In responding to our suggestion of a campaign to support the smaller key dance organisations, Ruth Osborne, artistic director of QL2 Dance, came in to discuss some of the issues youth dance companies are experiencing.
While companies such as QL2 Dance work with young people to develop technical and creative skills, choreographic intelligence and opportunities for mentoring and professional development, the companies themselves do not fit traditional funding guidelines. Developing these qualities in young pre-professional dancers provides important infrastructure for emerging artists, but, as Ruth points out, the companies are not 'producers' in the traditional sense, and their work doesn't tour.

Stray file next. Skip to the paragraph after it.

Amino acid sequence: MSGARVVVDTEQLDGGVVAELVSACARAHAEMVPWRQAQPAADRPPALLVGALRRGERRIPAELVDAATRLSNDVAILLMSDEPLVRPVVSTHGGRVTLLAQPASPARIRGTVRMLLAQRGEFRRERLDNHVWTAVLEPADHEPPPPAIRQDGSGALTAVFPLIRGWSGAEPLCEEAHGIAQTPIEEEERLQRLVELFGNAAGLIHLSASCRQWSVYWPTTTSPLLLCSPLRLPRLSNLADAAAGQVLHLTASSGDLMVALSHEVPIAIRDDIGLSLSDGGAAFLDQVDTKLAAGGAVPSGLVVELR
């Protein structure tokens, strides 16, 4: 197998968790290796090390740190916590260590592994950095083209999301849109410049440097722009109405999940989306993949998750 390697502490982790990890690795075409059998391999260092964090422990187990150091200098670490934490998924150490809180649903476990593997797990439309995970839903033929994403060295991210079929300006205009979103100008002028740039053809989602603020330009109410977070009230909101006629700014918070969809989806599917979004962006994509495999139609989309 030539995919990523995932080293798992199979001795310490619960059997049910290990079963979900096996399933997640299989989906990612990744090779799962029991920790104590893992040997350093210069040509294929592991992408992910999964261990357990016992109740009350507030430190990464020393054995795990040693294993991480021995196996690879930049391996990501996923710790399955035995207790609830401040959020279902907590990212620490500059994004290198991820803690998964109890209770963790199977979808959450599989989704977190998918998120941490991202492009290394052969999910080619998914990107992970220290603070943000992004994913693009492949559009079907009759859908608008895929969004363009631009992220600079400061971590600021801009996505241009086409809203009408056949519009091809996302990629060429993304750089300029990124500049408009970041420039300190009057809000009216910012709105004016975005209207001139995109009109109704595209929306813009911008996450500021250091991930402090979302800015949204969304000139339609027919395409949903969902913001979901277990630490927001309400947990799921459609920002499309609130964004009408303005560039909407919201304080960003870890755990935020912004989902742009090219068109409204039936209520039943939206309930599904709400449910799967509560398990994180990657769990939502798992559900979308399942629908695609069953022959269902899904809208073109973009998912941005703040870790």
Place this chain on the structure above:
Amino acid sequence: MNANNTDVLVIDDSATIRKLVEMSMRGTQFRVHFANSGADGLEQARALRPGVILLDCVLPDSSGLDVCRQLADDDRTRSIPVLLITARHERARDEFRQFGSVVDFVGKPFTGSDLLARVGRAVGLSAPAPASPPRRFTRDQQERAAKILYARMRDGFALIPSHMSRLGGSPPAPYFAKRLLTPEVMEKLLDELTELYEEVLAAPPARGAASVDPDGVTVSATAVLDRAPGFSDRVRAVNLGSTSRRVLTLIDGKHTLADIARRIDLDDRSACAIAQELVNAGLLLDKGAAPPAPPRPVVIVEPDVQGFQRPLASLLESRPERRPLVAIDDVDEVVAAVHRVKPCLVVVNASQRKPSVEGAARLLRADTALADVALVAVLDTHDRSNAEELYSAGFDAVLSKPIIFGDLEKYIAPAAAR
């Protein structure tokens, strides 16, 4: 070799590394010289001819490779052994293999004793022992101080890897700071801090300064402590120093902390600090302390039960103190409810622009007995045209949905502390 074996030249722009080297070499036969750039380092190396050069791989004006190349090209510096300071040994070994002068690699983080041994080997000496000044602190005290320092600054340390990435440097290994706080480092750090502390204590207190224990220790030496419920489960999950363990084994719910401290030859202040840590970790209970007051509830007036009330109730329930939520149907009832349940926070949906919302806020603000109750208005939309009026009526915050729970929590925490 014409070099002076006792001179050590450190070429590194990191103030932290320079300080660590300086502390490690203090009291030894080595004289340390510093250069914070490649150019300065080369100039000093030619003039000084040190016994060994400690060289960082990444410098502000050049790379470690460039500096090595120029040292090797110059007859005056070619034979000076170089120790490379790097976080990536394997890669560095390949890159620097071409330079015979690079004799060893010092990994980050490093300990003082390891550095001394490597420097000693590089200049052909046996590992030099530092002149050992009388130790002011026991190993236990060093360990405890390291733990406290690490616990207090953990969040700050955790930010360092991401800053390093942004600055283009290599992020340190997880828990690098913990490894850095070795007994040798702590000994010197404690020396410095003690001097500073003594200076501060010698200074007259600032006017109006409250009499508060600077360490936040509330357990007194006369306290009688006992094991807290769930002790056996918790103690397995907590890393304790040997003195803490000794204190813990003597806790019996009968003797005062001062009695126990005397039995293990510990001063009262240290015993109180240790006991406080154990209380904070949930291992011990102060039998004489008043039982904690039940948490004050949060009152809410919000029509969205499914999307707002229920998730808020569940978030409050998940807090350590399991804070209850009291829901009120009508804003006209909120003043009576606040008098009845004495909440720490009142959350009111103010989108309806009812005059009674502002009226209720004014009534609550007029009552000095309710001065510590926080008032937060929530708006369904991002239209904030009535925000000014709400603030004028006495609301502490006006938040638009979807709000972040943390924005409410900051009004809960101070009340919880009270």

There was enormous interest in this Australian model of support for young artists when we attended the Council for Dance Education and Training and Youth Dance England conferences in London last year—such support was identified as a major gap in emerging artists' infrastructure in the UK, so it's interesting to see how under-valued it is here.
These issues have been included in many forums at Australian Youth Dance Festivals in the past, and no doubt will be again at the 2012 AYDF.
We would welcome your comments about whether youth dance should be recognised through different funding structures.